In 2021, some countries have authorized the drug ivermectin as a therapeutic in treating Covid-19. India, the second most populous country in the world, is one of them. Other countries offering ivermectin as a treatment for the disease are South Africa, Zimbabwe, Slovakia, Czech Republic, and Mexico. Here’s an overview. On the other hand, some sites say ivermectin is not effective against Covid-19. You can search the Internet and find other sources that are against ivermectin as a therapeutic for Covid-19. I don’t know the truth of the matter. What I do know, though, is that institutions like Facebook and YouTube and Twitter should not be banning people from presenting legitimate evidence that a medicine is effective.

If you’ve been reading my posts for the last few months, you know I’ve been speaking out against censorship. Other have, too, like Bari Weiss: “How have we gotten here? How have we gotten to the point where having conversations about important scientific and medical subjects requires such a high level of personal risk? How have we accepted a reality in which Big Tech can carry out the digital equivalent of book burnings? And why is it that so few people are speaking up against the status quo?”

I hope you’ll join us by using your power of speech in the service of free speech.

© 2021 Steven Schwartzman

Written by Steve Schwartzman

July 3, 2021 at 4:38 AM

Tansy mustard buds opening

with 51 comments

From Gonzales on March 19, here are the opening buds of tansy mustard, Descurainia pinnata. What you’re seeing wasn’t much more than an inch across. The red in the background came from phlox flowers.

And here’s a passage from John Stuart Mill’s On Liberty that’s every bit as germane today as it was in 1859, and probably even more so:

Like other tyrannies, the tyranny of the majority was at first, and is still vulgarly*, held in dread, chiefly as operating through the acts of the public authorities. But reflecting persons perceived that when society is itself the tyrant — society collectively over the separate individuals who compose it — its means of tyrannising are not restricted to the acts which it may do by the hands of its political functionaries. Society can and does execute its own mandates; and if it issues wrong mandates instead of right, or any mandates at all in things with which it ought not to meddle, it practices a social tyranny more formidable than many kinds of political oppression, since, though not usually upheld by such extreme penalties, it leaves fewer means of escape, penetrating much more deeply into the details of life, and enslaving the soul itself. Protection, therefore, against the tyranny of the magistrate is not enough; there needs protection also against the tyranny of the prevailing opinion and feeling, against the tendency of society to impose, by other means than civil penalties, its own ideas and practices as rules of conduct on those who dissent from them; to fetter the development and, if possible, prevent the formation of any individuality not in harmony with its ways, and compel all characters to fashion themselves upon the model of its own. There is a limit to the legitimate interference of collective opinion with individual independence; and to find that limit, and maintain it against encroachment, is as indispensable to a good condition of human affairs as protection against political despotism.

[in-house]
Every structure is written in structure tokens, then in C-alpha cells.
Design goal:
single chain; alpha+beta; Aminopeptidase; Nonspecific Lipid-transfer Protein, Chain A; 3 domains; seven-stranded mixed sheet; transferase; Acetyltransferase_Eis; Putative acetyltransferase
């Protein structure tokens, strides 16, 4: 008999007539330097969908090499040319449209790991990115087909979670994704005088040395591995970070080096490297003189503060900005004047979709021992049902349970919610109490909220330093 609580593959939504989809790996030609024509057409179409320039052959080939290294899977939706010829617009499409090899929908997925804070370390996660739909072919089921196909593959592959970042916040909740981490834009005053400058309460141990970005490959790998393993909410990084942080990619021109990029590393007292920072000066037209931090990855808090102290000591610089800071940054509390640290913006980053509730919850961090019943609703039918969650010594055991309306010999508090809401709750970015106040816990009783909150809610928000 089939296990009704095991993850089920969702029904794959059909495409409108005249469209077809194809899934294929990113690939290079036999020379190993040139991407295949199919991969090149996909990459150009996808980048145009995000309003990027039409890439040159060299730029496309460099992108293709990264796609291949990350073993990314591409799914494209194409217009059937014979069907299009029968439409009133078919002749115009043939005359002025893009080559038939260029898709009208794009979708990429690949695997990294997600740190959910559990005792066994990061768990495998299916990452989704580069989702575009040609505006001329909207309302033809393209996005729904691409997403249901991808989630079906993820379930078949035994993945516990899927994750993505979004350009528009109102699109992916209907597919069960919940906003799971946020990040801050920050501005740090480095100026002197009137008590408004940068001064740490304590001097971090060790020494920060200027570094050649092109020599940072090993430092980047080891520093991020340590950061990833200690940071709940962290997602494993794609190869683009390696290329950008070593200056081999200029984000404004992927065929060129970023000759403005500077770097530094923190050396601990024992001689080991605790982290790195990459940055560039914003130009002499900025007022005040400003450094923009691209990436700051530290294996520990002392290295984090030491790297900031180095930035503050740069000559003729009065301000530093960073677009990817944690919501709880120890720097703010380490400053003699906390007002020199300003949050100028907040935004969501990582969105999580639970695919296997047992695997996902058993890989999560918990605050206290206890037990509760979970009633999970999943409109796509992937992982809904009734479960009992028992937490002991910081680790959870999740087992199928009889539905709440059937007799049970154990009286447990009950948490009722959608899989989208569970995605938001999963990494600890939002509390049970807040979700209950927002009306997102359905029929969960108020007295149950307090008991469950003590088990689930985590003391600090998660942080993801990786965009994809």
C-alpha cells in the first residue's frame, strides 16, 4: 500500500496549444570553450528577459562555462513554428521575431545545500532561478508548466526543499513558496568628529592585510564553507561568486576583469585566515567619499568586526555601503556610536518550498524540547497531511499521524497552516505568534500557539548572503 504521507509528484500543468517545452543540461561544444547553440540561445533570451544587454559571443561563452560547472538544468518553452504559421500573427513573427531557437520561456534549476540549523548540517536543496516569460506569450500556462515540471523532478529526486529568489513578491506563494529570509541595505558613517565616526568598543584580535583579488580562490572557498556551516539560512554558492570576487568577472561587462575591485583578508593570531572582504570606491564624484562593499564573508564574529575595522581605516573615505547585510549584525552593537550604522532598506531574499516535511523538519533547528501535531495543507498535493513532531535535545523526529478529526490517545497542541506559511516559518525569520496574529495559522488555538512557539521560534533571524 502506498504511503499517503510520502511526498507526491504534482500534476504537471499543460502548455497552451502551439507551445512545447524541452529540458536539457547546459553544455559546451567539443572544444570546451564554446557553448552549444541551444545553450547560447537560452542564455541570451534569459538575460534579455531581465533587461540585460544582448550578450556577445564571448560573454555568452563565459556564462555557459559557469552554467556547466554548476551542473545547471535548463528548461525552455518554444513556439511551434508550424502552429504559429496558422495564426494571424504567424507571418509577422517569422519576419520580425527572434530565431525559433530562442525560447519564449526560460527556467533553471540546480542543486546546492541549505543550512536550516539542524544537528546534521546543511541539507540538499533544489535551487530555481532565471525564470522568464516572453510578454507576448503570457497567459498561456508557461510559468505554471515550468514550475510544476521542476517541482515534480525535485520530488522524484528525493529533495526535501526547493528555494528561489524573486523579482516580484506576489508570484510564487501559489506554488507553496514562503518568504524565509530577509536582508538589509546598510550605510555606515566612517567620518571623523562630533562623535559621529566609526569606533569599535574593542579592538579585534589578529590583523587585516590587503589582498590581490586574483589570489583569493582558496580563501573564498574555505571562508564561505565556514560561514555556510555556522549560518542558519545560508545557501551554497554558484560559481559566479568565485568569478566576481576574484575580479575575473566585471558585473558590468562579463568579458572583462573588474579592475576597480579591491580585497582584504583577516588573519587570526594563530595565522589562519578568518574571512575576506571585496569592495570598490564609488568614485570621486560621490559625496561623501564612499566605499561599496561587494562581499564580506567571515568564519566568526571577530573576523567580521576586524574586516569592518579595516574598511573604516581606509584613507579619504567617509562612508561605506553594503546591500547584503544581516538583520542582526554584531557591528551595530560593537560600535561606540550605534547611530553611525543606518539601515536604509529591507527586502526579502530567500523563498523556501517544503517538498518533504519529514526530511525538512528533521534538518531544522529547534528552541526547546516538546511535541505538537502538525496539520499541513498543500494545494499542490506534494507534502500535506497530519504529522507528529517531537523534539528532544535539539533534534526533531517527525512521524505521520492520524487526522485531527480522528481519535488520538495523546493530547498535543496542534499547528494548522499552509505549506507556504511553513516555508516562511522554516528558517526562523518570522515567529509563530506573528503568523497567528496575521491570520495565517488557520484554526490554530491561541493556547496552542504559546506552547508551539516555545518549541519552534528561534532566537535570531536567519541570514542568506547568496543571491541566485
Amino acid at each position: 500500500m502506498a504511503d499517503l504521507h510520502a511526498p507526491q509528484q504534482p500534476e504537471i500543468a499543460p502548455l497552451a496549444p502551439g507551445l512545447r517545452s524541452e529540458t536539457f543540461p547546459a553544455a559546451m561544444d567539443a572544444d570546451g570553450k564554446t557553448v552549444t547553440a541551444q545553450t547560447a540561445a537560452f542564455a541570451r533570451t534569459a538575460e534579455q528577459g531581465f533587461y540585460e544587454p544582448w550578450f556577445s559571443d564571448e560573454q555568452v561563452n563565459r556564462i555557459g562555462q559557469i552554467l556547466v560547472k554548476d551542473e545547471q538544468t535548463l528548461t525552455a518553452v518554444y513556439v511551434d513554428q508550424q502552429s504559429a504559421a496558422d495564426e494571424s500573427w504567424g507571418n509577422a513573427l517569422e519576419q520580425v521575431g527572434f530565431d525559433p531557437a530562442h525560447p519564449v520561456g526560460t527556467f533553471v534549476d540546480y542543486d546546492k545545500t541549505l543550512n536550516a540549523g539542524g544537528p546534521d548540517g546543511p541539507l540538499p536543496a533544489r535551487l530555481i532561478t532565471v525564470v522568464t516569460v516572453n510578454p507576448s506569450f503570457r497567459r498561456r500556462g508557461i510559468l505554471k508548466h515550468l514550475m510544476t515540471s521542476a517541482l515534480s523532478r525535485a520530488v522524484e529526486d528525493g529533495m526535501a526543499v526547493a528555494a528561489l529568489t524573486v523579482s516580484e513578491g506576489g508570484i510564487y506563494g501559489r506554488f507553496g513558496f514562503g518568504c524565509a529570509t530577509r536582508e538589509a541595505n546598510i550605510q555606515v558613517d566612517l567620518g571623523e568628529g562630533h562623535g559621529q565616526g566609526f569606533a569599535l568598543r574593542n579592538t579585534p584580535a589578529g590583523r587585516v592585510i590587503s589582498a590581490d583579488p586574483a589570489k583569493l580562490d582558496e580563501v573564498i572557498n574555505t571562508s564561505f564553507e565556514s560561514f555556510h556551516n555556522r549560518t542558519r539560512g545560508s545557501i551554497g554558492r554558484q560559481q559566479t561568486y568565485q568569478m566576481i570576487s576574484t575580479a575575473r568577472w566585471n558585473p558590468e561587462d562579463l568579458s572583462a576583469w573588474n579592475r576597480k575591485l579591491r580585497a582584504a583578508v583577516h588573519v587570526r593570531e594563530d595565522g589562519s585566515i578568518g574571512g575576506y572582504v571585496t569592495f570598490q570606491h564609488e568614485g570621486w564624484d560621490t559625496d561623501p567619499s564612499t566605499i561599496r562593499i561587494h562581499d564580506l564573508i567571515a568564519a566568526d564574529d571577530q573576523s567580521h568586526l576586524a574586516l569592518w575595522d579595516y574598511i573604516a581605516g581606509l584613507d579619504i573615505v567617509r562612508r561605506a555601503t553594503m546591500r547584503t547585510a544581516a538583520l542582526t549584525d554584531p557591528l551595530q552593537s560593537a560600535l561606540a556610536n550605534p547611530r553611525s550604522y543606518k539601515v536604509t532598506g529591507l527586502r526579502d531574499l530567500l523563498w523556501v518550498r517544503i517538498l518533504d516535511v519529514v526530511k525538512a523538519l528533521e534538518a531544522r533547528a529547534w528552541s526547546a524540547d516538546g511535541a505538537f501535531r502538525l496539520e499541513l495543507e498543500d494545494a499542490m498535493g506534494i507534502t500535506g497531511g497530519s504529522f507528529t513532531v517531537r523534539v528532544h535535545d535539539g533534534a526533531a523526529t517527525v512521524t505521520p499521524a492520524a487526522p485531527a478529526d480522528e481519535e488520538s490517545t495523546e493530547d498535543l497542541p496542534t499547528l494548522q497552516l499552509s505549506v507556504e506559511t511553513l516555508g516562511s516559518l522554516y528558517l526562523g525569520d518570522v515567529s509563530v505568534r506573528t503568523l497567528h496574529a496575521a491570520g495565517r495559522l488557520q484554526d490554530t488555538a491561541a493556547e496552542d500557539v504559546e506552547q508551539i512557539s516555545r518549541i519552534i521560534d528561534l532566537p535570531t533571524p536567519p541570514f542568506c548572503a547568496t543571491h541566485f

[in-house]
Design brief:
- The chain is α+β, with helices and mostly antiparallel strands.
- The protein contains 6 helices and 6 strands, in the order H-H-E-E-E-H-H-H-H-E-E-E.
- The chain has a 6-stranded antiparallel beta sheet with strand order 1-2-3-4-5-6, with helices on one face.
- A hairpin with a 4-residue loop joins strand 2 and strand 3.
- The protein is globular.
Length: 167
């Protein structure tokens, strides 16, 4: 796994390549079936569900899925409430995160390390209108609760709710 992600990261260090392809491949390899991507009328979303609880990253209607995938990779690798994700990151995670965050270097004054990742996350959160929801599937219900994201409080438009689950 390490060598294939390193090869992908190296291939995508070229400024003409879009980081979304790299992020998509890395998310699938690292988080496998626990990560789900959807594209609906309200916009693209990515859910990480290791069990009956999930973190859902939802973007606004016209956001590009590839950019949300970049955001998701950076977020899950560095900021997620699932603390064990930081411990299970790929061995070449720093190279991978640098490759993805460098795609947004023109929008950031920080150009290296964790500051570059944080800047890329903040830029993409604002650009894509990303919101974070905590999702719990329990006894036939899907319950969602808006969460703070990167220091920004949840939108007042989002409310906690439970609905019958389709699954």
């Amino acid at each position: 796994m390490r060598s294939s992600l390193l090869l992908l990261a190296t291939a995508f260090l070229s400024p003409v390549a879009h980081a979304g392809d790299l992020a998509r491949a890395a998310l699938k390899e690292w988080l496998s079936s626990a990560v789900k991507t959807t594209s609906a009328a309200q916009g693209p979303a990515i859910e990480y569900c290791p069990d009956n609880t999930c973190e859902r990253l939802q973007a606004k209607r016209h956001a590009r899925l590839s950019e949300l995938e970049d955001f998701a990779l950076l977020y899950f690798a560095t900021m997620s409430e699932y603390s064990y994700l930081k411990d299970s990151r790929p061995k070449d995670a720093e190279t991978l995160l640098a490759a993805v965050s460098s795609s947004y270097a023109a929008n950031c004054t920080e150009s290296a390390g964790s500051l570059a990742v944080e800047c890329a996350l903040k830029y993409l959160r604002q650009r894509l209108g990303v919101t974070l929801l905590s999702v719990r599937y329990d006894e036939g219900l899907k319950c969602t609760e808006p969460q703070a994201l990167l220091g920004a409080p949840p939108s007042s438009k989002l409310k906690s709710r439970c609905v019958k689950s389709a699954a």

* Mill is using vulgar in its original meaning, which referred to ‘the common folk, the populace.’ The word later developed the pejorative sense that now dominates.

© 2021 Steven Schwartzman

Written by Steve Schwartzman

March 29, 2021 at 4:40 AM

Coral honeysuckle flower and buds

with 57 comments

A couple of months ago I discovered a picture in my archives that I’d never shown, so here it is on the 10th anniversary of the date I took it. You’re looking at a coral honeysuckle (Lonicera sempervirens) flower surrounded by buds along Great Northern Blvd. Unfortunately construction along Mopac and the building of a sound-mitigating wall have destroyed or blocked much of the strip where I used to photograph native plants.

And here’s a quotation for today: “… [A] copy of the universe is not what is required of art; one of the damned thing is ample.” — Rebecca West, 1928, in the essay “The Strange Necessity.” Quote Investigator offers more information.

© 2021 Steven Schwartzman

Written by Steve Schwartzman

March 10, 2021 at 4:36 AM

%d bloggers like this: